I often find myself inspired by Idelette McVicker (can I be her when I grow up?) especially when it comes to writing. It’s actually her fault that this blog exists at all. Years ago I was having coffee with her and she asked me, “So tell me, what are you writing, other than for work?” No one ever asked me that. I stuttered and stammered and made noises about time and focus and finally confessed, “Nothing.”
She looked right at me and in one of those moments where someone gently but firmly takes you by the shoulders and turns you toward the truth she asked, “What do you call a writer who doesn’t write?”
That was almost eight years ago and in the time since, I’ve kept up this blog, I’ve journaled more, and the last two years I have participated in, and won, National Novel Writing Month with it’s “50 000 words in 30 days” challenge.
The challenge from Idelette this today is much simpler: lay aside those new year’s resolutions and instead pick a single word, just one, that you want to focus on this year. Sounds easy right? It is and also it isn’t. (Remember the words of van Gogh, “How difficult it is to be simple.”) But it’s right up my alley.
I had planned to think about think about this, to really chew on it and take my time with it. But no sooner had I read Idelette’s challenge when a single word announced itself loudly in my head. Really? I asked. Are you sure? I remembered something I heard recently, in small group I think, where someone said not to dismiss those thoughts that come out of nowhere, because sometimes that is the voice of God. So I took another look at the word. The more I thought about this word, the more sense it made.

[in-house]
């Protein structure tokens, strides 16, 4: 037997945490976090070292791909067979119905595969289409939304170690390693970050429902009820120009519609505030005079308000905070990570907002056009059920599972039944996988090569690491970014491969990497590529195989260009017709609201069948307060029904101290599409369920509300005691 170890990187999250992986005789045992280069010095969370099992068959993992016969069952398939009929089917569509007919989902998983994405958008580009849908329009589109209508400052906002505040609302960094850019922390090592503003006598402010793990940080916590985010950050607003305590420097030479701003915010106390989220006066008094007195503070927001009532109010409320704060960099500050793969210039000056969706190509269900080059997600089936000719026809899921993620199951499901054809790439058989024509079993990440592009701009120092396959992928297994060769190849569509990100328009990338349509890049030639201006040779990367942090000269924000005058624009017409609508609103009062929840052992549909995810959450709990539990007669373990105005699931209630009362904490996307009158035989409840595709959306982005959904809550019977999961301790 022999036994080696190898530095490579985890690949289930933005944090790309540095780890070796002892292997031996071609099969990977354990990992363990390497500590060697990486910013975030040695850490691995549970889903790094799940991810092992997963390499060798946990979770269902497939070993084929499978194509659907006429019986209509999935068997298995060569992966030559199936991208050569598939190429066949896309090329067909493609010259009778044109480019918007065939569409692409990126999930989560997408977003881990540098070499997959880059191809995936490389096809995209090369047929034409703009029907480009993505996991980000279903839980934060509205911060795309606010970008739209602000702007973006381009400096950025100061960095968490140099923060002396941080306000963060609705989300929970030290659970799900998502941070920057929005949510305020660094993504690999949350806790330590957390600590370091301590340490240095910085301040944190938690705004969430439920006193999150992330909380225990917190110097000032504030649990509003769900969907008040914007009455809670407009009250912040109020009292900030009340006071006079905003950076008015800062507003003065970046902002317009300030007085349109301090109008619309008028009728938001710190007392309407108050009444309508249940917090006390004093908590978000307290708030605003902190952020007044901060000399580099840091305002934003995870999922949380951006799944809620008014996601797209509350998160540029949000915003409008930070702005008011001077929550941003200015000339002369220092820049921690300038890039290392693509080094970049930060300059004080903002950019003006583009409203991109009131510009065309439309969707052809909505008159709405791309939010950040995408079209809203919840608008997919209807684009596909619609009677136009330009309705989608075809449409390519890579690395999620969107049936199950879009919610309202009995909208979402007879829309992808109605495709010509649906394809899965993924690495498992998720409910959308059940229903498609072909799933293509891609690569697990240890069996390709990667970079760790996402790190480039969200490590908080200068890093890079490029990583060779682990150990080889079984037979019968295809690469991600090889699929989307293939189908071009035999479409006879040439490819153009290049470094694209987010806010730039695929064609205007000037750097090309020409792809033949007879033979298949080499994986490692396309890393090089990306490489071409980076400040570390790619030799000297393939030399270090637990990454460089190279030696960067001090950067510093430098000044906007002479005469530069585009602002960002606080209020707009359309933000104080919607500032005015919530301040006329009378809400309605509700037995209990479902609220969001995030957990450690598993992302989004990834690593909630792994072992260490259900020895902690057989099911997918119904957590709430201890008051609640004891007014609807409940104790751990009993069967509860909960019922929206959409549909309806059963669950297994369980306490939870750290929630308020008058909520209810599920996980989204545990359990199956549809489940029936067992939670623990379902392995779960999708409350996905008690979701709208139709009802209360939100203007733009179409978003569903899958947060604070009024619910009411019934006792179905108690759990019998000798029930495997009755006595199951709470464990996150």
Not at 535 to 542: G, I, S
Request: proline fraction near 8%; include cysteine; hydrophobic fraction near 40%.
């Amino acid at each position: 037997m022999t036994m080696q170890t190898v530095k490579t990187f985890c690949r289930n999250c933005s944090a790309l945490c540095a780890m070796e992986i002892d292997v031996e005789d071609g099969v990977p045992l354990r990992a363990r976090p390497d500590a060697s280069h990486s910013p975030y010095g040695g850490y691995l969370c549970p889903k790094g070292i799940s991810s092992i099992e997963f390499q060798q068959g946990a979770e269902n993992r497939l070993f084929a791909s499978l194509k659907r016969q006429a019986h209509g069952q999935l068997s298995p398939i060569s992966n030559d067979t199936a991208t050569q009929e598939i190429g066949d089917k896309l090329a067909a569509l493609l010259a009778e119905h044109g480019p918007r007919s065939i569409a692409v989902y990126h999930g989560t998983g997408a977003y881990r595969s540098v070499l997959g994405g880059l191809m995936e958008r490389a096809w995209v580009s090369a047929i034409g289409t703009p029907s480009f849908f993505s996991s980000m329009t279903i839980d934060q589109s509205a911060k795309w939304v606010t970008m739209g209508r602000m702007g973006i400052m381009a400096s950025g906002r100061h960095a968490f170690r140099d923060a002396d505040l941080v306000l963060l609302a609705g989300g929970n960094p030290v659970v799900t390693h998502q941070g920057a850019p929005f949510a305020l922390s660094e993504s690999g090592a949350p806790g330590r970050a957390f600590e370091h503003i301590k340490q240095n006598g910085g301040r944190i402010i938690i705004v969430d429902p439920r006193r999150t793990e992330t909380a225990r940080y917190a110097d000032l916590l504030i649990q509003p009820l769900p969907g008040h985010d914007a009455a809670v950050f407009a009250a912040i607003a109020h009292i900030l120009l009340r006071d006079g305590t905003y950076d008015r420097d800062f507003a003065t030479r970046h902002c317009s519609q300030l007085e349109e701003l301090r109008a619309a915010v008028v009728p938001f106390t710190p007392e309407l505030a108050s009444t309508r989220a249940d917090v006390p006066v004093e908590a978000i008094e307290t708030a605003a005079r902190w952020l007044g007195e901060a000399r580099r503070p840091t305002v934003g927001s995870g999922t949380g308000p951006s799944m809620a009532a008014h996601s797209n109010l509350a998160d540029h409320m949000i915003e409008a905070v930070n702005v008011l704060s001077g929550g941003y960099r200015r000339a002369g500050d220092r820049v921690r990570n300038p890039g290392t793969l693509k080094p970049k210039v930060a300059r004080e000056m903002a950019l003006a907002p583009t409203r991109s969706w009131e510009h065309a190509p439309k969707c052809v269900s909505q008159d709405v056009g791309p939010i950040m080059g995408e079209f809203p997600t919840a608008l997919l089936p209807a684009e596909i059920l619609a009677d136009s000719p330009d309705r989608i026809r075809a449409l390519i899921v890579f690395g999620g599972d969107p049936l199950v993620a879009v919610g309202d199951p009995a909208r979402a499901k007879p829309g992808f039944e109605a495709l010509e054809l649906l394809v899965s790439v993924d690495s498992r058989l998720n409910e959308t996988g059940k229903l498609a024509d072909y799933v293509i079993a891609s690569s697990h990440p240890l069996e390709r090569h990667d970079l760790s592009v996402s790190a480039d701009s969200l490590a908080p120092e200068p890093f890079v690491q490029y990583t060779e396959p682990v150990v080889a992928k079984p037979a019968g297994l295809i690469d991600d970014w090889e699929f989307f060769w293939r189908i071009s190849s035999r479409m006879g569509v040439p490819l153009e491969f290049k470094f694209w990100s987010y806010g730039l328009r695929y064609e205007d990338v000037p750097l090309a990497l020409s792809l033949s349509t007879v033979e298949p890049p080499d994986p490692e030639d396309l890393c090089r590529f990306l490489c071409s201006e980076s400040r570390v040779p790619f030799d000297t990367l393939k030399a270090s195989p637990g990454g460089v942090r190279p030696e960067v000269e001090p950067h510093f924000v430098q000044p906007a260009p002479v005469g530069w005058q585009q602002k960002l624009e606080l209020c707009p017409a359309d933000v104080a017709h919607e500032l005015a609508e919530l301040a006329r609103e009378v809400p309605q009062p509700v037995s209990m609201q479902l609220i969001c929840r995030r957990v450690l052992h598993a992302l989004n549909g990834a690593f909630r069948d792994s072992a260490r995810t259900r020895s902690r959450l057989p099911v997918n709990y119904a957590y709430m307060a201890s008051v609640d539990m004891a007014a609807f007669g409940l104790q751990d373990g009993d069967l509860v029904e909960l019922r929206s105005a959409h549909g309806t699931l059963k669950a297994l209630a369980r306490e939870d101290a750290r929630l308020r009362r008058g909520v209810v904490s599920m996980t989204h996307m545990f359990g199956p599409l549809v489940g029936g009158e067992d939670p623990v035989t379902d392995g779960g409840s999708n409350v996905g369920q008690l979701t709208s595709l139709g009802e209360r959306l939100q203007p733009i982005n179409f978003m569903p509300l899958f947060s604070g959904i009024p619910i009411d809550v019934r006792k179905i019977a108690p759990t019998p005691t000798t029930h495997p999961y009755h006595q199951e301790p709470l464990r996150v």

So here goes. My word for 2012 is SAVOUR.
I’ve been thinking about timing a lot lately. Timing in the sense of feeling like the pace of things is wrong and timing in one particular circumstance where the timing is not what I wanted. I am taking an amazing trip this year, but to do so will mean using almost my entire allotment of vacation days just six weeks into the year. I thought I’d made arrangements to make it easier, but it didn’t work out. Now I worry that I won’t have time to do the other things I want to do. There won’t be a summer vacation this year and what if family comes to visit? What if the friends I went to Boston with last year decide to meet up again? What if there’s an out of town wedding? What if there isn’t enough time?
So my word for this year is savour. I will savor those weeks in Australia and not taint them with worries of enough. I will look for the good that’s right here in my life in the place I’m in right now and not dilute that joy by wishing for something different. When there isn’t a whole day to play I will look for play in the moment. Webster’s defines savour as to “taste and enjoy it completely”. I want to do that.
I want to take the time to taste the day, to roll the words around on my tongue, to drink in my surroundings. I want to sink deep into the moments of this year until they come up over my shoulders. I want to cuddle in, lean in close and really catch the details of what is going on. I want to make memories and tell stories. I want to be the kid on a swing who leans all the way back so she can stare at the sky.
Savour. What a delicious word. It’s scary and also exciting – just what a new year should be.